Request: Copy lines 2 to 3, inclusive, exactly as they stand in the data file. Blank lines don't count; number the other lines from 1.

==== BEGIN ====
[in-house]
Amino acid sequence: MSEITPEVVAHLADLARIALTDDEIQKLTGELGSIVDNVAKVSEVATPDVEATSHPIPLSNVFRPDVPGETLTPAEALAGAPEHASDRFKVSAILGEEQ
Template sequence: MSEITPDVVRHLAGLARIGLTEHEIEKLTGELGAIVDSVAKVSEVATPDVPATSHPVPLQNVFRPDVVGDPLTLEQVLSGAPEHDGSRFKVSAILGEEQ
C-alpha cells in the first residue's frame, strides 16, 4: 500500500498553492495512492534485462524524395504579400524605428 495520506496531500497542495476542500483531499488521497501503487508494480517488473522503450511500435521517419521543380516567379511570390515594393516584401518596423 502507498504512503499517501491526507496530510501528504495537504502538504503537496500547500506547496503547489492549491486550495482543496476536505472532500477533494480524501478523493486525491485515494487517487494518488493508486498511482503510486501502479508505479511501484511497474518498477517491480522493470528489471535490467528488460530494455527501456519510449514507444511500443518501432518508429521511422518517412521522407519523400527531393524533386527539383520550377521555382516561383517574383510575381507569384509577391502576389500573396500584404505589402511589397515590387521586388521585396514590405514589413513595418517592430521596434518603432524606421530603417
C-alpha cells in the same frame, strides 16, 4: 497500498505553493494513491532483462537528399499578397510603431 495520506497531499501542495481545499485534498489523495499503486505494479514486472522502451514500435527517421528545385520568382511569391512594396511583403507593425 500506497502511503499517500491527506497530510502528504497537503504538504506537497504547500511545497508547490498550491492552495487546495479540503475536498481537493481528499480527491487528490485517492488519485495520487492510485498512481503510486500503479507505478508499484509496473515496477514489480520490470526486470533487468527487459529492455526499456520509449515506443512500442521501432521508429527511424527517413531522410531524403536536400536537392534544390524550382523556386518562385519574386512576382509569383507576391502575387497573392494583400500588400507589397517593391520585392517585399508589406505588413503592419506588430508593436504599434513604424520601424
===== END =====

Amino acid sequence: MSEITPEVVAHLADLARIALTDDEIQKLTGELGSIVDNVAKVSEVATPDVEATSHPIPLSNVFRPDVPGETLTPAEALAGAPEHASDRFKVSAILGEEQ
Template sequence: MSEITPDVVRHLAGLARIGLTEHEIEKLTGELGAIVDSVAKVSEVATPDVPATSHPVPLQNVFRPDVVGDPLTLEQVLSGAPEHDGSRFKVSAILGEEQ